From Dalmations to Siberian Huskies: How the Big (and Little) Screen Influences Pet Fads
Pottery Barn experienced a run on apothecary tables after "Friends'" character Rachel Green bought one for her apartment in a popular episode of the TV series. Viewers decided that if the table looked good in Rachel's spacious New York apartment, it would be perfect for their own homes. It's not just inanimate objects that become fads. Movie and TV viewers also tend to adopt or buy pets based on the animals they see in their favorite films and programs. Here are a few breeds that have become popular after appearing in a TV show or movie.
Rin Tin Tin, the German Shepherd star of silent movies in the World War I era, started the first pet fad. Everyone wanted a German Shepherd that was as loyal, smart and brave as Rin Tin Tin. Breeders met the demand for the dogs by overlooking standard breeding practices that ensured that puppies were strong, healthy and conformed to breed standards. As a result, today's German Shepherds are prone to developing heart problems, hip dysplasia, cancer and gastric issues, according to a Dogster article.
Thousands of people decided that they just had to adopt Dalmatians after viewing the cute, spotted puppies in the film version of "101 Dalmatians." Unfortunately, real life is a lot different than reel life. Dalmatians acquired from breeders, rescue groups, and animal shelters can't perform the same tricks as their on-screen counterparts without hours of training. Within a year after the movie aired, many shelters saw huge increases in unwanted Dalmatians, according to a September 1997 New York Times article.
Lassie was the kind of dog every family wanted in the 1950s. The collie was the perfect companion to TV's Timmy, regularly rescuing him from difficult situations. Unfortunately, the same type of breed problems that occurred with German Shepherds after the popularity of Rin Tin Tin also happened with collies. As a result of mass production, health and temperament problems increased for some of the dogs.
You may not be able to buy a fictional direwolf, but you can purchase or adopt a Siberian Husky, a dog that looks very much like Jon Snow's best friend. In fact, the demand for the breed increased significantly after "Game of Thrones" became a hit TV show. Although Siberian Huskies certainly look impressive, they're not necessarily the ideal dog for everyone. In addition to their positive traits, such as loyalty and friendliness, the dogs are very high-energy and notoriously difficult to train.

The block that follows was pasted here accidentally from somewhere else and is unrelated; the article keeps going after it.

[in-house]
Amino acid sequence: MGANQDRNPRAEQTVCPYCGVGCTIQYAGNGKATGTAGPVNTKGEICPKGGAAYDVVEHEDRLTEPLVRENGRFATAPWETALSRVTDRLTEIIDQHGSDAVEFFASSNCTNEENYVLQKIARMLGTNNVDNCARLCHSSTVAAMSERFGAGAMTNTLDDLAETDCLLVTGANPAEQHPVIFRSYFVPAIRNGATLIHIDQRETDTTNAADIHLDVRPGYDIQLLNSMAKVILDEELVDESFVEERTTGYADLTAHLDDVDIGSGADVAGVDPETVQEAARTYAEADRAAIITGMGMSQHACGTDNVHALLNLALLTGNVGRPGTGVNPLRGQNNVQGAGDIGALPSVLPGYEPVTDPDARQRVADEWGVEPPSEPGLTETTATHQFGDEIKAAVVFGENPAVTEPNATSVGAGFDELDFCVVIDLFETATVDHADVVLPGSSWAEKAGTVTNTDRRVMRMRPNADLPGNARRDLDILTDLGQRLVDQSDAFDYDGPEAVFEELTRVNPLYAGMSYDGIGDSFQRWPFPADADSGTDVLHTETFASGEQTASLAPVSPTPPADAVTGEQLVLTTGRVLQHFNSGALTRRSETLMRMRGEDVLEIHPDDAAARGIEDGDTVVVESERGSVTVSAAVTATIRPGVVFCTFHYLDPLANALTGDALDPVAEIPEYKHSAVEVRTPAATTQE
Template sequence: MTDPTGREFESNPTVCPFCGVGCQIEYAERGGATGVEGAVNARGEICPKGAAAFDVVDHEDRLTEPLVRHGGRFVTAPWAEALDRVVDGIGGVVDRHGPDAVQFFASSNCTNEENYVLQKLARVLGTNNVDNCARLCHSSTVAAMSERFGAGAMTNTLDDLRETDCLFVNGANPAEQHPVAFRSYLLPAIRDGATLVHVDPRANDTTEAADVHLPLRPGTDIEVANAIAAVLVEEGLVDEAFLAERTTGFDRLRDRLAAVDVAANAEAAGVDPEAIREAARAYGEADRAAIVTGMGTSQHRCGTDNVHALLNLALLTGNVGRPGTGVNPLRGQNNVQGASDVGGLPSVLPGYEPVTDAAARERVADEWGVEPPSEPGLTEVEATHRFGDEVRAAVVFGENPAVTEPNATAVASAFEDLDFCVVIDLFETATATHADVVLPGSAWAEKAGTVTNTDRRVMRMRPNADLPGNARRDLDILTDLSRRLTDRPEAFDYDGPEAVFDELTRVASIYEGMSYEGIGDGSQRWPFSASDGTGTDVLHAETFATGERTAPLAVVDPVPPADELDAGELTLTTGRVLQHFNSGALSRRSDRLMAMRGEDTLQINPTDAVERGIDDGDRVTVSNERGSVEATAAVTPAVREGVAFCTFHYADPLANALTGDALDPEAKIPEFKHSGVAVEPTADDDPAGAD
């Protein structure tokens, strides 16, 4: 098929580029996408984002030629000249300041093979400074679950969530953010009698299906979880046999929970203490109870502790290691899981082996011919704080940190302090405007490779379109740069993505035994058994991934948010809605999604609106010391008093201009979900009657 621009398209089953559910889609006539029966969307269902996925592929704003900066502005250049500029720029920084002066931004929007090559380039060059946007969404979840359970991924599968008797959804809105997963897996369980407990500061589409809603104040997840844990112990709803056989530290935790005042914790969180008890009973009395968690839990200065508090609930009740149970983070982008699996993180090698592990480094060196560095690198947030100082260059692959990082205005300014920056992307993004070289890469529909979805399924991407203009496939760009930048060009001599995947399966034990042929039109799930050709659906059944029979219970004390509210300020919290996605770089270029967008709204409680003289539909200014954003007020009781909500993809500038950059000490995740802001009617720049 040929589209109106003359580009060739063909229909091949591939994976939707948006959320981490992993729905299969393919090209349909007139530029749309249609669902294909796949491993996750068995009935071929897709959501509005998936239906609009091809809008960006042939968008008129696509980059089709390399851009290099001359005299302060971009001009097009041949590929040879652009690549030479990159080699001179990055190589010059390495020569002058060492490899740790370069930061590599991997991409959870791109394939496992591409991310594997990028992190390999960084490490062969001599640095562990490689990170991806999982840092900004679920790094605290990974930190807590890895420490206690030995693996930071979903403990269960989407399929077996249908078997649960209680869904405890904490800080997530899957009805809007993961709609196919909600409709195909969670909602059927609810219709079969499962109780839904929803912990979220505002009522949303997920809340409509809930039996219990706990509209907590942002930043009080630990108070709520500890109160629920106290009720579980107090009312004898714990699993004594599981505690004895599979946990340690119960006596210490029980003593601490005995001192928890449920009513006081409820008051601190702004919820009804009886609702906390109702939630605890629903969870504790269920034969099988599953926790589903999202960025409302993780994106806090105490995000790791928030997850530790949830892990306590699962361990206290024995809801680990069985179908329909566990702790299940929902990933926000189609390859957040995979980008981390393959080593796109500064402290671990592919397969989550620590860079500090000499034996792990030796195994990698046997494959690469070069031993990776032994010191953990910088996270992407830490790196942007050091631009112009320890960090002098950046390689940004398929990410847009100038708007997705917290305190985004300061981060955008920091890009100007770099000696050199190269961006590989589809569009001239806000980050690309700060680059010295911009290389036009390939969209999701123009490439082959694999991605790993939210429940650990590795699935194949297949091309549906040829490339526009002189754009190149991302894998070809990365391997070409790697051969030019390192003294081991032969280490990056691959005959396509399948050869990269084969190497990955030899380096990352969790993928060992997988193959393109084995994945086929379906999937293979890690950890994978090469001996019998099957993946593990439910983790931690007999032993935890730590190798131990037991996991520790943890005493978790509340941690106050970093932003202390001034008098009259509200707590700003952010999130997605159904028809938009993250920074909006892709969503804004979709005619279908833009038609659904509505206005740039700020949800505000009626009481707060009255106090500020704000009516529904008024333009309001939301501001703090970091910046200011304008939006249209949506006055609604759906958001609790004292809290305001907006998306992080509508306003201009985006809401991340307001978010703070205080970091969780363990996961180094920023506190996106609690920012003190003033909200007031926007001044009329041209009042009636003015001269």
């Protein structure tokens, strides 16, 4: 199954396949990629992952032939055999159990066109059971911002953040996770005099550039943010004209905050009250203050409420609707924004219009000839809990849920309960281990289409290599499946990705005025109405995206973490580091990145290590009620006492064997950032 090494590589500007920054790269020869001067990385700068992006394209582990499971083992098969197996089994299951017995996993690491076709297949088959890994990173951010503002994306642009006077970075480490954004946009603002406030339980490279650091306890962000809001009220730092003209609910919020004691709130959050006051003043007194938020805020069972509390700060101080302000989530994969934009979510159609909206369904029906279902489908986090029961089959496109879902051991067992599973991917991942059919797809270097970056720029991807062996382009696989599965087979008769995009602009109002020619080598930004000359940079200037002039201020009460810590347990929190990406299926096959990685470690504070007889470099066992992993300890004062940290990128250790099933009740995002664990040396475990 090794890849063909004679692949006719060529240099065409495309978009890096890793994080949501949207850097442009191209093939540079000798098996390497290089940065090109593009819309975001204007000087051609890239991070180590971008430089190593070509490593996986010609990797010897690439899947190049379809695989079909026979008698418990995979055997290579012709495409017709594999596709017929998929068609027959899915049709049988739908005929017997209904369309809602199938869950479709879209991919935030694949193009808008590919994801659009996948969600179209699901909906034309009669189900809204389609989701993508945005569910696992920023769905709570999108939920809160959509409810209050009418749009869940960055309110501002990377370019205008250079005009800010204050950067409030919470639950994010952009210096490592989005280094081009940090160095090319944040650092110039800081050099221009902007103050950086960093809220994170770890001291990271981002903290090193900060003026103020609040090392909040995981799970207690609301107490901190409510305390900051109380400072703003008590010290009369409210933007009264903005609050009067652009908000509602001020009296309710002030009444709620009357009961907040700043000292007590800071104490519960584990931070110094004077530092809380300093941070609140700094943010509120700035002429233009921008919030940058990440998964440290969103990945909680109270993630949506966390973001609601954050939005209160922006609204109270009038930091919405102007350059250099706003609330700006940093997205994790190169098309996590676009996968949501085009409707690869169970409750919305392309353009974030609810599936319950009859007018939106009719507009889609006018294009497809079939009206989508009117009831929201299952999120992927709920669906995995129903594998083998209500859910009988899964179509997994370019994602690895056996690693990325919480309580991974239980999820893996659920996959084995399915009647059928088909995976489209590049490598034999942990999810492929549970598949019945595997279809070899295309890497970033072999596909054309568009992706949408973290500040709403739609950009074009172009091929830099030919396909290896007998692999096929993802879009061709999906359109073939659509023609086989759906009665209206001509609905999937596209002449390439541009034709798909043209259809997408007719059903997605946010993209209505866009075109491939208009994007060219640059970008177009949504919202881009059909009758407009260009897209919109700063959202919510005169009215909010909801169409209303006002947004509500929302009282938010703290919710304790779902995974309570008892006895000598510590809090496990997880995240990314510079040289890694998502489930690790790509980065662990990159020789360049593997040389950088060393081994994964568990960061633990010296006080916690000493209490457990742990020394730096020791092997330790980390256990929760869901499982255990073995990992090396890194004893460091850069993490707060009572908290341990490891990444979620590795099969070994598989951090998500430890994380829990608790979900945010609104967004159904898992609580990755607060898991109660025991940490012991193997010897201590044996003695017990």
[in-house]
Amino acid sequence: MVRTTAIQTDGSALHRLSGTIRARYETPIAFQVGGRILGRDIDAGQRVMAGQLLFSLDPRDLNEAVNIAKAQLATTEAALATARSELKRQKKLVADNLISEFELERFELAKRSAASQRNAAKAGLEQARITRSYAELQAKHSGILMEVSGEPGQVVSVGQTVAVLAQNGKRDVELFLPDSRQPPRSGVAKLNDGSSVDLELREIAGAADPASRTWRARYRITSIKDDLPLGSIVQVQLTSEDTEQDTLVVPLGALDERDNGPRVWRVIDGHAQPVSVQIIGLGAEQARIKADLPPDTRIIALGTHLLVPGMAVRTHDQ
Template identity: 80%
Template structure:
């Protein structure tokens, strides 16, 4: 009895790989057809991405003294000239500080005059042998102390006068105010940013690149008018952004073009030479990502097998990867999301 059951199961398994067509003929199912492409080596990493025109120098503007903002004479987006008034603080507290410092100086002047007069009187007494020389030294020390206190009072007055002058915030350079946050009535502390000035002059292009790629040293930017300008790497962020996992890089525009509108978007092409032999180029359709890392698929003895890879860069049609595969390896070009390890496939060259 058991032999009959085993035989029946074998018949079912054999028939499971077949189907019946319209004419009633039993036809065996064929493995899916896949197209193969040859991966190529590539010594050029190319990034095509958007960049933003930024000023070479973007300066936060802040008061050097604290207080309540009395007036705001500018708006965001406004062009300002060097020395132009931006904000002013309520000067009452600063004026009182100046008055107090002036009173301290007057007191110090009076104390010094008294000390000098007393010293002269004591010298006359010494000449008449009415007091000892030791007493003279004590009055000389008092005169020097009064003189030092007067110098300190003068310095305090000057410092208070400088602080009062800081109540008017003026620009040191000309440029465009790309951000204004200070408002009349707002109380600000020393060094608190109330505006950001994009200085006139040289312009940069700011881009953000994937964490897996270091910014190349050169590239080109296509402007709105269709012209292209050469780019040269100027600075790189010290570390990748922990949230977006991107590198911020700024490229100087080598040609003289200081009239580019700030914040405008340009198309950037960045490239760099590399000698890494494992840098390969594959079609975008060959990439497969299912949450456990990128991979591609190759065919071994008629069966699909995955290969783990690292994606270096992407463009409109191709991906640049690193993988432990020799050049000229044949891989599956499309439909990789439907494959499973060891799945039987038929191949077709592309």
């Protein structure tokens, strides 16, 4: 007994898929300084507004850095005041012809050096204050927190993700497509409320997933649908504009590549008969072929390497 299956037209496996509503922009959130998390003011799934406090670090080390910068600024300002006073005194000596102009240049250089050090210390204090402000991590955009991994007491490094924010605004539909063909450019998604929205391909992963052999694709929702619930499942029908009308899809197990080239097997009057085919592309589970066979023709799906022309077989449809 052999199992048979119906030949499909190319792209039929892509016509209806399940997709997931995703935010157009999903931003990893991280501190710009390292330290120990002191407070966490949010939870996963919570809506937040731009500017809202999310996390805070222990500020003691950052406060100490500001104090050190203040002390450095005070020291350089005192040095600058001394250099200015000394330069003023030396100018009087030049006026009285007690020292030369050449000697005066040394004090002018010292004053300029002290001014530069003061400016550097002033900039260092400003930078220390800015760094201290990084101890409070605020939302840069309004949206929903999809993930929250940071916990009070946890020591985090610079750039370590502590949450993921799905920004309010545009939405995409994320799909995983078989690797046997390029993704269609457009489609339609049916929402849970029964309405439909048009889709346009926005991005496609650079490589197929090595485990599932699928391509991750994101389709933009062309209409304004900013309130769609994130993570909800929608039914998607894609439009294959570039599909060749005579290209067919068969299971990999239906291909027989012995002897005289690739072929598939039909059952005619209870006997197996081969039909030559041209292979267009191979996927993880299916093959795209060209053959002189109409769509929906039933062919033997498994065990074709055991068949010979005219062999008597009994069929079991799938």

Animal shelters soon saw a surge in unwanted Huskies as the show's fans discovered that caring for the dogs was much more difficult than they assumed. "Games of Thrones" actor Peter Dinklage even joined with People for the Ethical Treatment of Animals to remind fans that adopting a dog should be a lifelong commitment.
Labradoodles, Cockapoos and Other Mixed Breeds
Certain mixed breeds often become popular after they're seen in the company of actresses or actors. Labradoodles, the result of breeding Labrador Retrievers with standard or miniature poodles, are known for their intelligence and friendliness. Tiger Woods, Jennifer Aniston and Lance Bass are among the stars who've adopted or purchased labradoodles.
Cockapoos, the combination of cocker spaniels and poodles, are also friendly dogs known for their affectionate behavior with family members and strangers alike. They've become a favorite of Lady Gaga, Minka Kelly, Ashley Judd and other celebrities.
Other "designer dogs" include the Goldendoodle (golden retriever and poodle), Chug (chihuahua and pug), Pekeapoo (Pekingnese and poodle), Puggle (pug and beagle) and Yorkipoo (Yorkshire Terrier and toy poodle).
Should You Adopt One of These Pets?
All of the breeds listed above can make excellent pets, as long as you understand the needs, potential health problems and temperament of the various breeds. Although a Siberian Husky might not be the best choice if you live in an apartment, the breed may be a better option if you have a large yard, time for multiple walks a day, infinite patience for training, and an appreciation for the finer qualities of the breed.
Labradoodles make fine family pets, but aren't the best choices if you're hoping to avoid a flare-up of your allergies. Although the breed was initially touted as hypoallergenic, that doesn't seem to be the case. A full-bred poodle or another breed may be a better choice if you're allergic to dogs.
Regular veterinary care is essential no matter what breed of dog you choose. If you've recently added a furry friend to your household, or it's time for your pet's checkup, contact us to schedule an appointment.
The New York Times: After Movies, Unwanted Dalmatians, 9/14/97
Dogster: Breed Fads Are Bad for Dogs
PETA: Peter Dinklage Asks Game of Thrones Fans to Stop Buying Huskies, 8/15/17
VetStreet: Meet 18 Designer Dog Breeds, 7/2/16